If you are a fan of any form of warfare that doesn't revolve around infantry combat, you've probably heard of WarGaming and its suite of current and upcoming games. World of Tanks continues to be an enjoyable and evolving take on armored warfare, while the aerial combat of World of Warplanes has entered open beta.
At E3 2013, we checked out some recorded footage of the pre-alpha World of Warships. The take on naval combat doesn't wildly differ from that of similar games. Ships of various classes duke it out over decent-sized maps, vying to either capture a particular area on the map or wipe out the other team. There is enough similarity to make the game feel familiar, but the gameplay has significant differences.
World of Warships will feature U.S. and Japanese ships at launch, with British and German ships planned for later. Like the other games, World of Warships will feature 15-on-15 battles of various scenario types, with one person controlling each ship. Submarines will not feature in the game, as their integration was deemed too problematic to implement. It was joked that such a thing could show up as World of Submarines down the road, but it was both clearly mentioned in jest and served to further cement that World of Warships will only feature naval combat at the water's surface.
There are four featured classes of ships: aircraft carriers, battleships, cruisers and destroyers. Aircraft carriers are more of a support class, and they are best positioned well away from the fighting. Carriers can launch AI-controlled planes of various types, such as dive bombers, fighter planes and scouts. Kamikaze is not an option, as their implementation would force the game to have a higher age rating, and the trade-off didn't seem worthwhile.
Battleships and cruisers are the heavy and medium ships, respectively. These ships bring more firepower with their bigger and more numerous deck guns. Their heavier armament and thicker armor comes at the price of reduced speed and maneuverability, thus increasing your desired range from the enemy. Battleships are some of the burliest ships on the seas, but their natural counter is the nimble destroyer and its torpedoes.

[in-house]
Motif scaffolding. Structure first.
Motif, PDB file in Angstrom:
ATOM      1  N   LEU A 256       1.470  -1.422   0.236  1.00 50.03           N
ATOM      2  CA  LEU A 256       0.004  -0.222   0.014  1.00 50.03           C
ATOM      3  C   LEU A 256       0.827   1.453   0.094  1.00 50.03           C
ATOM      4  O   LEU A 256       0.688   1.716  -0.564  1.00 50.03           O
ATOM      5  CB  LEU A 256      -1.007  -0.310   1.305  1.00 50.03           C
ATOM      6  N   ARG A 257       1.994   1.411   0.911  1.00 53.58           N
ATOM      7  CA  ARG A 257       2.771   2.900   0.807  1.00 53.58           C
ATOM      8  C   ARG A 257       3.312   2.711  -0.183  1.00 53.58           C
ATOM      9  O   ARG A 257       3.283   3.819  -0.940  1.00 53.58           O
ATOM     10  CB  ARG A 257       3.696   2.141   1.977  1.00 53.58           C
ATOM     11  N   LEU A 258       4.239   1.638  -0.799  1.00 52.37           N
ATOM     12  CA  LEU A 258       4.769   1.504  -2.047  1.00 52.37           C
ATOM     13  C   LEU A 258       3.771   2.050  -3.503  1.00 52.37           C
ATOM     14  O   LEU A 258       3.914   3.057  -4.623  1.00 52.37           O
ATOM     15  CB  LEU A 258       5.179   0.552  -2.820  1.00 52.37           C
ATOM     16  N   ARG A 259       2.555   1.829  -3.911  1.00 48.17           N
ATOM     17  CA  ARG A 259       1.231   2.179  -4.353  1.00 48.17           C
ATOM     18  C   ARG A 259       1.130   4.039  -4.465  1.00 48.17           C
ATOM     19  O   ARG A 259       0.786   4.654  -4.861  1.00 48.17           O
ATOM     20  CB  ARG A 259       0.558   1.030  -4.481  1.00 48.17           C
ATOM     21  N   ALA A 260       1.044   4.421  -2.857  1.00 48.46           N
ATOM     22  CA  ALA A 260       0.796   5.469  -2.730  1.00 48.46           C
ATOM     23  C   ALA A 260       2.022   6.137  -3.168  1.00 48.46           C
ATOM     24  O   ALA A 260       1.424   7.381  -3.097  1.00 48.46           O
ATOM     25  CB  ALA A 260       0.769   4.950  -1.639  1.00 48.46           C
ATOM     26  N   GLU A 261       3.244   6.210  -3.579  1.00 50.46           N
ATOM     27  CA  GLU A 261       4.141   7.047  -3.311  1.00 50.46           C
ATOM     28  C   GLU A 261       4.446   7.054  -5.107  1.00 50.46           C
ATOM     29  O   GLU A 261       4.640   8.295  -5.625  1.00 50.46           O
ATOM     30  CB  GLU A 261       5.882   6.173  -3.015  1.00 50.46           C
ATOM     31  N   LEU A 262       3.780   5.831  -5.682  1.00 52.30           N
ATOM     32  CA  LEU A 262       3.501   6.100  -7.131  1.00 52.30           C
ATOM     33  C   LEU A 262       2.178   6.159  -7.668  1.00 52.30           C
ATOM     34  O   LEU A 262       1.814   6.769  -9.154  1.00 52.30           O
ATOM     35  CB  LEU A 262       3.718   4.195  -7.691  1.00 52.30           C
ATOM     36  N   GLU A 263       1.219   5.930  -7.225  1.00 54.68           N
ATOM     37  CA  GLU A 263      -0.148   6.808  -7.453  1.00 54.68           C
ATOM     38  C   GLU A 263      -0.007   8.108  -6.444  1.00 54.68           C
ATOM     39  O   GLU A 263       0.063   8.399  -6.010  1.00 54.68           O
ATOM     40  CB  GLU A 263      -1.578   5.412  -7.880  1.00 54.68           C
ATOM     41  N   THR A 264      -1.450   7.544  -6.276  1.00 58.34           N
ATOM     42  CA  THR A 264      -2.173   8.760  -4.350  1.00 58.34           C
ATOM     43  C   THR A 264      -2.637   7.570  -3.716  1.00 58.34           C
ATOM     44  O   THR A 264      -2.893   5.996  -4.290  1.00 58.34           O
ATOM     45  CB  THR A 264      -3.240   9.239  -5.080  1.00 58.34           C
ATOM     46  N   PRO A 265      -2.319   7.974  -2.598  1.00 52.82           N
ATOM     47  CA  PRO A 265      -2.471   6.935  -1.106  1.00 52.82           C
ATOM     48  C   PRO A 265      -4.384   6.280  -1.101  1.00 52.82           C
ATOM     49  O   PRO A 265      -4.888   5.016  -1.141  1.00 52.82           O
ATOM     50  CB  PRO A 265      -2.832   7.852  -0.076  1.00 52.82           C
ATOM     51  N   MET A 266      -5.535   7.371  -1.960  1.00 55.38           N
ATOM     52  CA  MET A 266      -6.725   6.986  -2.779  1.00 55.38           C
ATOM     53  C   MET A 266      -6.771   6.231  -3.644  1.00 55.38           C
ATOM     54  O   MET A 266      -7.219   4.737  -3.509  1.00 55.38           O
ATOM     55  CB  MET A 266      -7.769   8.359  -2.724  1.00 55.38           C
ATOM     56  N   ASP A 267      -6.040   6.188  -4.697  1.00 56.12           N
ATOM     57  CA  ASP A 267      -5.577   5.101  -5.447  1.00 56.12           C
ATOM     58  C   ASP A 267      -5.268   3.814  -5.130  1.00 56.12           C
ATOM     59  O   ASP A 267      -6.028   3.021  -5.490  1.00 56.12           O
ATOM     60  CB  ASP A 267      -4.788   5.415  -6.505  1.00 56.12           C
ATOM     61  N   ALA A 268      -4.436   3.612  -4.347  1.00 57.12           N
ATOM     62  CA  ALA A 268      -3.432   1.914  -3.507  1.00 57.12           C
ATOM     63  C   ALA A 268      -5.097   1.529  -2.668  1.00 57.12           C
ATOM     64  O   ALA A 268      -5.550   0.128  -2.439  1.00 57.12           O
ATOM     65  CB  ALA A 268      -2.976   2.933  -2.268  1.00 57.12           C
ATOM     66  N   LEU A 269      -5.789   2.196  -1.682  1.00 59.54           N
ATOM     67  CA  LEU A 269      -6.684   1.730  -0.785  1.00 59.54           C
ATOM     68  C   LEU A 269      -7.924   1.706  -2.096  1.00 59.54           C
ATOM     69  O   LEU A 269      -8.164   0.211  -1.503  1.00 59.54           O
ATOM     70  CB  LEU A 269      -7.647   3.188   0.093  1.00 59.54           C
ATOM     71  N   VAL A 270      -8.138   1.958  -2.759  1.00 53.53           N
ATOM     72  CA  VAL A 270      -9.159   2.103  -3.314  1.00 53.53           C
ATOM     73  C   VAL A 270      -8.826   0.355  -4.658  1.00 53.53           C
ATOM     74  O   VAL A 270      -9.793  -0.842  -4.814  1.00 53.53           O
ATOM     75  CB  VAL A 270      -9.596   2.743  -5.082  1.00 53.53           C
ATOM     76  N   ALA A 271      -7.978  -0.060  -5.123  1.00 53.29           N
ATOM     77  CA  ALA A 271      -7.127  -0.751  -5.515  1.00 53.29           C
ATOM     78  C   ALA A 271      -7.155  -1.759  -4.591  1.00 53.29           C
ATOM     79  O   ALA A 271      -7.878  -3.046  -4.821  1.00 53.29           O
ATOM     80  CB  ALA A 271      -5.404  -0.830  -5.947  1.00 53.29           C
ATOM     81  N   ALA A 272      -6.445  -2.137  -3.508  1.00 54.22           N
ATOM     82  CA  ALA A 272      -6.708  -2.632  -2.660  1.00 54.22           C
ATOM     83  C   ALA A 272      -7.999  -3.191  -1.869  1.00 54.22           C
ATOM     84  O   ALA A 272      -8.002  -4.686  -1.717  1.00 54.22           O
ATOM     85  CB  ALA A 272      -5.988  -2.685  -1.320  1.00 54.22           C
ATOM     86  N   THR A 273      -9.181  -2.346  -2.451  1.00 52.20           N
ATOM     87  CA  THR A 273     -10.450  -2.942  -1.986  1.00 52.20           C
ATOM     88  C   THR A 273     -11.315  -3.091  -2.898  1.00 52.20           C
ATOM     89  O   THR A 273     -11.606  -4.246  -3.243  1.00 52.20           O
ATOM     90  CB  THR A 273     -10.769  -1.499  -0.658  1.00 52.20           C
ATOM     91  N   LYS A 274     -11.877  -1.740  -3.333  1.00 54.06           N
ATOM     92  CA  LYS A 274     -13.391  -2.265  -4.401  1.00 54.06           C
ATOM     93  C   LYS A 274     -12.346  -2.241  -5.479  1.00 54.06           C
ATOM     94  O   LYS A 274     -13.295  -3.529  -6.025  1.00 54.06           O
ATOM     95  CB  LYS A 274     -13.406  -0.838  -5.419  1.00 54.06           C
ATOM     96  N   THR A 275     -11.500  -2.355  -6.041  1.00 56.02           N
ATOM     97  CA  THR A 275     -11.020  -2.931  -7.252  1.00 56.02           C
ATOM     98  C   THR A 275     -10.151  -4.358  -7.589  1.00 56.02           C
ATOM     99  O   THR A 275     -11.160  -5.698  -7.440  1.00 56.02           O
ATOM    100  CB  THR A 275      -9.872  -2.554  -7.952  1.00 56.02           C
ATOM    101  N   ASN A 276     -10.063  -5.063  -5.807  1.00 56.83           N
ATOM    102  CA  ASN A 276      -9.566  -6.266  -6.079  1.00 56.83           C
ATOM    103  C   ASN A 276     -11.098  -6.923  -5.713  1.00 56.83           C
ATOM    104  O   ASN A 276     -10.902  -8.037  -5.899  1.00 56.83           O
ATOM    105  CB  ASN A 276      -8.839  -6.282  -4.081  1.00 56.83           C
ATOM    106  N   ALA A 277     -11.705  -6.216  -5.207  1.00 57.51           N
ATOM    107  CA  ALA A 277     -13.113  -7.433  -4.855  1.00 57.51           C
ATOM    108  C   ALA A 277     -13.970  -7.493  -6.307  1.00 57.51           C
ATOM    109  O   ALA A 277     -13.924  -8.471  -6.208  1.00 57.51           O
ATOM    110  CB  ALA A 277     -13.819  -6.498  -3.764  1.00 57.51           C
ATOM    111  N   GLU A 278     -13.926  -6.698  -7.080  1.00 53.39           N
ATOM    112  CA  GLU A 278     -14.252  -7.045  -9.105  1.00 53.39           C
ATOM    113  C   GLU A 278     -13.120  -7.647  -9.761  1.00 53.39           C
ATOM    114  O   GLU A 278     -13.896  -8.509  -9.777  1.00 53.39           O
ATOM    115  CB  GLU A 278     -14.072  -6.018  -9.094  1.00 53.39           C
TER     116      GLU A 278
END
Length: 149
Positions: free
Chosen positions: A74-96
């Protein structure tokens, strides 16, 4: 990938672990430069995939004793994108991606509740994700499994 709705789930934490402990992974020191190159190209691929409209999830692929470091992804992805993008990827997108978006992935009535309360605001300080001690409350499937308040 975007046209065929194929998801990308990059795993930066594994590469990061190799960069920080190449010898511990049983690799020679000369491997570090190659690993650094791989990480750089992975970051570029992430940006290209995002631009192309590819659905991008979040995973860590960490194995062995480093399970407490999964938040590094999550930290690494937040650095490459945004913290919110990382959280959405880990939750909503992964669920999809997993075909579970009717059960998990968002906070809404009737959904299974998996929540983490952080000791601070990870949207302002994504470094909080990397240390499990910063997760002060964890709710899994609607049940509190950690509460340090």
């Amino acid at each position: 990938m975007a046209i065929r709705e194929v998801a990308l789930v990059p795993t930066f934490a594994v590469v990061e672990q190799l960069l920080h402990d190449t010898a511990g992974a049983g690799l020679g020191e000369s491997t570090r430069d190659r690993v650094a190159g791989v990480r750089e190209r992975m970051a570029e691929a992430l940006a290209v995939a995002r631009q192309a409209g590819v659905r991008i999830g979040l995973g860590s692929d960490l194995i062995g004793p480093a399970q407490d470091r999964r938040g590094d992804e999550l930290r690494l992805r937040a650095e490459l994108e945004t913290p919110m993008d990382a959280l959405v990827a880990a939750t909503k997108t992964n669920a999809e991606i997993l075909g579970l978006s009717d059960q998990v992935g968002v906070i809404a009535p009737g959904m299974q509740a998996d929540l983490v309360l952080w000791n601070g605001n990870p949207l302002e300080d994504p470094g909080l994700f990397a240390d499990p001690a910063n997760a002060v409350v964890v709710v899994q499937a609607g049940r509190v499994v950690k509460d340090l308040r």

Destroyers are the lightest class of ships, are lightly armored and have comparatively little in the way of deck guns. However, they are also the fastest ships and have the ability to launch torpedoes. Torpedoes are launched in groups, in a fanned arc. The size of this arc can be expanded or contracted for a better chance of hitting something or to concentrate the firepower. You can see torpedoes as they travel and can avoid them, but slower ships may find that difficult to do.
Controlling the planes is done is a style similar to RTS games, in which you select a group of planes and tell them to go to a particular area on the map. Once there, your planes engage nearby targets until they either get wiped out or run out of fuel and have to land on your ship. Carriers may have no firepower of their own, but their scouting and support abilities, when used effectively, could be a big boon to the team.
All ships are armed with some measure of flak cannons, which are controlled by the AI and automatically engage nearby enemy aircraft. Battleships, cruisers and destroyers have deck guns that can be fired in sniper mode or volley mode. Sniper mode looks very similar to World of Tanks in that you look out from your ship via a scope parallel to the ocean surface and fire shots directly at your target. Volley mode is more similar to the SPGs in World of Tanks and allows you to lob shots over longer distances and terrain obstructions. You must lead your volley of shots to hit moving ships, but with the reload time, you can fire one volley to determine range and lead time before using subsequent volleys to dial it in.
As ships take damage, their hit points are decreased, but their buoyancy also takes a hit. Ships sink once either bar is depleted, and ships that lose buoyancy become slower and more cumbersome to maneuver. Another interesting feature is that some areas of the map are considered shallow water, where the larger ships cannot enter. This serves a strategic purpose, allowing smaller ships, such as destroyers, to traverse the map while larger ships, such as battleships, must go around.
Look for more on World of Warships as it continues its development cycle.
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